Under the statute and under the supreme court decisions in regard to the Oklahoma sales tax, the sale to be taxable in Oklahoma must occur in Oklahoma.

It cannot occur outside the State.

It simply doesn’t apply.

John Paul Stevens:

May I ask if your tax would cover… forget interstate commerce and transportation for a moment.

Supposing you bought your Super Bowl tickets in Oklahoma, would the tax apply, the Super Bowl being played in some other State?

Stanley P. Johnston:

Yes, Your Honor, I believe it would, because my memory of the statute is that it does tax admission to places of amusement, and if the sale were made in Oklahoma, then it would be taxable in Oklahoma, because, as with the Super Bowl ticket or a bus ticket, the way people purchase these services–

John Paul Stevens:

And going back to Justice O’Connor’s question, there doesn’t have to be any part of the service performed within the State?

Stanley P. Johnston:

–Not in such circumstances, where you have certainly physical evidence in the form of the ticket, but legal evidence where the service is bought and paid for and at that point the purchaser has the right to the service and the right to do with that service as he will.

The ticket, for instance, whether it be a football game or a bus ticket, the purchaser once they buy and pay for the ticket they can give it away, they could sell it, I suppose they could leave it in a will.

In either case, I would also suggest that the ticket doesn’t have to be used.

The service doesn’t have to be enjoyed for the transaction to have occurred and for the transaction to be taxable.

In this case, the transportation involved doesn’t have to be used.

It is not a tax on transportation, and that is the error of the courts below in their reliance upon Central Greyhound Lines v. Mealey, because that was a tax on the revenues from transportation.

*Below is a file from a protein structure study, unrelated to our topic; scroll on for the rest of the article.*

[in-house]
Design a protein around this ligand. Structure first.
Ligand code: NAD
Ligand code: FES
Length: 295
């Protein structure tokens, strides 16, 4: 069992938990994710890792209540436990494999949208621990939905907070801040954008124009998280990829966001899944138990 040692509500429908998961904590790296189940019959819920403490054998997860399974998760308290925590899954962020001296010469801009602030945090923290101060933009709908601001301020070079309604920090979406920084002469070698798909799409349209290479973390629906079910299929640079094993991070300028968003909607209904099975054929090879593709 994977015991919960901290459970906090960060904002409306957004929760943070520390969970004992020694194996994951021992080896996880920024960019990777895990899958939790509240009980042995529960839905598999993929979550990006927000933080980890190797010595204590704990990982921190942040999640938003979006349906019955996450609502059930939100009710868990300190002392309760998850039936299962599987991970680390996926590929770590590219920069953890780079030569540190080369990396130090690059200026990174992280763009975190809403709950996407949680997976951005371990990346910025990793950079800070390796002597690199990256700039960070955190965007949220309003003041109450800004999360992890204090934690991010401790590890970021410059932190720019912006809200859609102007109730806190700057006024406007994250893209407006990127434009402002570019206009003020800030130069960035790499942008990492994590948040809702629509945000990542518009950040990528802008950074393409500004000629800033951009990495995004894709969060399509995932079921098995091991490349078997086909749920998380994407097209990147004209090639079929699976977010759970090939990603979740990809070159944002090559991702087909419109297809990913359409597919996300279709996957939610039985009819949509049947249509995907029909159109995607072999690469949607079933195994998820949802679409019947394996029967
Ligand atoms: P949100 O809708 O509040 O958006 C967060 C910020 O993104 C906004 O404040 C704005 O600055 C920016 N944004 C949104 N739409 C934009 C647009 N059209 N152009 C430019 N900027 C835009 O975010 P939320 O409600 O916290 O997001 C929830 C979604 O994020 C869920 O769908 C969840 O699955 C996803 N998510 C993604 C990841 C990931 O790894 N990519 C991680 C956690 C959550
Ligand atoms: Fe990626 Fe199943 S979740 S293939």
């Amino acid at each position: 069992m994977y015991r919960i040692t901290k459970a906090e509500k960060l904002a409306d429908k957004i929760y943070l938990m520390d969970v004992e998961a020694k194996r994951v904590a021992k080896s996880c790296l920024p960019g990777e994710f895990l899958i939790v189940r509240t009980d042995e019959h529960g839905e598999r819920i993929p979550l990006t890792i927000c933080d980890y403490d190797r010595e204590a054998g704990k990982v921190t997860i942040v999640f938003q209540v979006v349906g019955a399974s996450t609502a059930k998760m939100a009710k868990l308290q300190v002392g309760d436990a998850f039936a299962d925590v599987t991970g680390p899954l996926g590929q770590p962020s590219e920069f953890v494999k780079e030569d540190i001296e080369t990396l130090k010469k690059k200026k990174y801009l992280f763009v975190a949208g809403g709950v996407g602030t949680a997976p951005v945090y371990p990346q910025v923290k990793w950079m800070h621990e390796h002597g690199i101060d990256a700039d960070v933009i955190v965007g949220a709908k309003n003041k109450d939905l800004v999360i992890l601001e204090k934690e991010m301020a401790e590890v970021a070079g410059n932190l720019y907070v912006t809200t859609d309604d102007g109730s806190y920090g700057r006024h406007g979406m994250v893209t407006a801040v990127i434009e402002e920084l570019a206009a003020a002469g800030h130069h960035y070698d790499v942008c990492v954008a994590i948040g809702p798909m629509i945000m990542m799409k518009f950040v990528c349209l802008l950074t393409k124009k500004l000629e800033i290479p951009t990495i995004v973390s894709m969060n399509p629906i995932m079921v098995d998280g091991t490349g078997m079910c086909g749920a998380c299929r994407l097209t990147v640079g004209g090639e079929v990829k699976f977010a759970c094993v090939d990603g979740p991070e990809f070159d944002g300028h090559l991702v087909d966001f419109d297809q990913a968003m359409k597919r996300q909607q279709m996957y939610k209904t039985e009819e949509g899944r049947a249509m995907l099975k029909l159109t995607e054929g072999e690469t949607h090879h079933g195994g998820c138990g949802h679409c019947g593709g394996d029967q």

It was tax… a gross income tax on the bus company.

John Paul Stevens:

So, then, a travel agency doing business in Oklahoma pays the tax on all the sales it makes regardless of what the tickets are?

In other words, somebody buys tickets from an Oklahoma travel agent for use going from New York to London or some place, he’d still pay the tax in Oklahoma?

Stanley P. Johnston:

If it’s in regard to transportation?

John Paul Stevens:

Yes.

Stanley P. Johnston:

Yes, sir, under this statute.

If the sale occurs there, and it would be in that case, as I understand the question, then it would be taxable, yes, sir.

William H. Rehnquist:

Well, exactly what is the provision of the Oklahoma tax, because in answer to that question of Justice Stevens, you said if it applies to transportation, but then certainly a Super Bowl ticket to admit one into the Super Bowl doesn’t deal with transportation.

What is the relevant provision of the Oklahoma tax statute?

Stanley P. Johnston:

As to transportation it is… and that’s contained on pages 2 and 3 of the brief for petitioner… in section 1354, title 68 of the Oklahoma statutes is the general levying statute, which levies the sales tax of 4 percent, it is now 4-1/2 percent of the gross receipts or gross proceeds of sale of a) tangible personal property, c) transportation for hire to persons by common carriers… I’ve omitted the rest of that, but it includes–

William H. Rehnquist:

Well, how would that reach tickets to the Super Bowl?

Stanley P. Johnston:

–In other sections or subsections, rather, of the sales tax statute, the tax is levied on the sale of admission to amusement… sports and amusement places.

I thought I had made that clear.

But it is not in this subsection, but it is within the taxing statute as a specifically enumerated service.

The courts below, both the bankruptcy court, or all three of the courts, the bankruptcy court, the district court on appeal, and then the Eighth Circuit Court of Appeal, all held that the tax was not fairly apportioned under the external consistency test.